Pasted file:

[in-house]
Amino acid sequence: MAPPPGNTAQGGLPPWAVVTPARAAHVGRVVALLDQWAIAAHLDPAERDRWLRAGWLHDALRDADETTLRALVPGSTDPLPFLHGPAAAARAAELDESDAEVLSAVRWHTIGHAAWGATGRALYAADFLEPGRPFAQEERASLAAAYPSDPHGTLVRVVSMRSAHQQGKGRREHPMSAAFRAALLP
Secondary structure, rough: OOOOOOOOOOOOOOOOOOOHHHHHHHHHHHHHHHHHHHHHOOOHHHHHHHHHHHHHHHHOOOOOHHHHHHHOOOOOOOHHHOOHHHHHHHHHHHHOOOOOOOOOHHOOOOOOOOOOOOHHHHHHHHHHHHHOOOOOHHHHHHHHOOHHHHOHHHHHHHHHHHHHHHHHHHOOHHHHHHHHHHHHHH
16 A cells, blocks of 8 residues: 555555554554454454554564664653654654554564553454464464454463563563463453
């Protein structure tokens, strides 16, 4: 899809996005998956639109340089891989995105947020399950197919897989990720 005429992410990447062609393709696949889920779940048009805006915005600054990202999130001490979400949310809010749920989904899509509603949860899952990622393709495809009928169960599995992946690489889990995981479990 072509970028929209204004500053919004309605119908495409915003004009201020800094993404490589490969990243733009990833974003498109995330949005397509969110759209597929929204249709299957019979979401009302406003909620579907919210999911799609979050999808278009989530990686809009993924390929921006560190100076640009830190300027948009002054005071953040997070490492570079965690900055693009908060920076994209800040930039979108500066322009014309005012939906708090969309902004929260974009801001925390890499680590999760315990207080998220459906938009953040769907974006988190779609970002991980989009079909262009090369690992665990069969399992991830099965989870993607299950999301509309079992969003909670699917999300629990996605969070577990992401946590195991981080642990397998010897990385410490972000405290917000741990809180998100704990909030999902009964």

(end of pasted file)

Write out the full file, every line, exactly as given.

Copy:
[in-house]
Amino acid sequence: MAPPPGNTAQGGLPPWAVVTPARAAHVGRVVALLDQWAIAAHLDPAERDRWLRAGWLHDALRDADETTLRALVPGSTDPLPFLHGPAAAARAAELDESDAEVLSAVRWHTIGHAAWGATGRALYAADFLEPGRPFAQEERASLAAAYPSDPHGTLVRVVSMRSAHQQGKGRREHPMSAAFRAALLP
Secondary structure, rough: OOOOOOOOOOOOOOOOOOOHHHHHHHHHHHHHHHHHHHHHOOOHHHHHHHHHHHHHHHHOOOOOHHHHHHHOOOOOOOHHHOOHHHHHHHHHHHHOOOOOOOOOHHOOOOOOOOOOOOHHHHHHHHHHHHHOOOOOHHHHHHHHOOHHHHOHHHHHHHHHHHHHHHHHHHOOHHHHHHHHHHHHHH
16 A cells, blocks of 8 residues: 555555554554454454554564664653654654554564553454464464454463563563463453
């Protein structure tokens, strides 16, 4: 899809996005998956639109340089891989995105947020399950197919897989990720 005429992410990447062609393709696949889920779940048009805006915005600054990202999130001490979400949310809010749920989904899509509603949860899952990622393709495809009928169960599995992946690489889990995981479990 072509970028929209204004500053919004309605119908495409915003004009201020800094993404490589490969990243733009990833974003498109995330949005397509969110759209597929929204249709299957019979979401009302406003909620579907919210999911799609979050999808278009989530990686809009993924390929921006560190100076640009830190300027948009002054005071953040997070490492570079965690900055693009908060920076994209800040930039979108500066322009014309005012939906708090969309902004929260974009801001925390890499680590999760315990207080998220459906938009953040769907974006988190779609970002991980989009079909262009090369690992665990069969399992991830099965989870993607299950999301509309079992969003909670699917999300629990996605969070577990992401946590195991981080642990397998010897990385410490972000405290917000741990809180998100704990909030999902009964």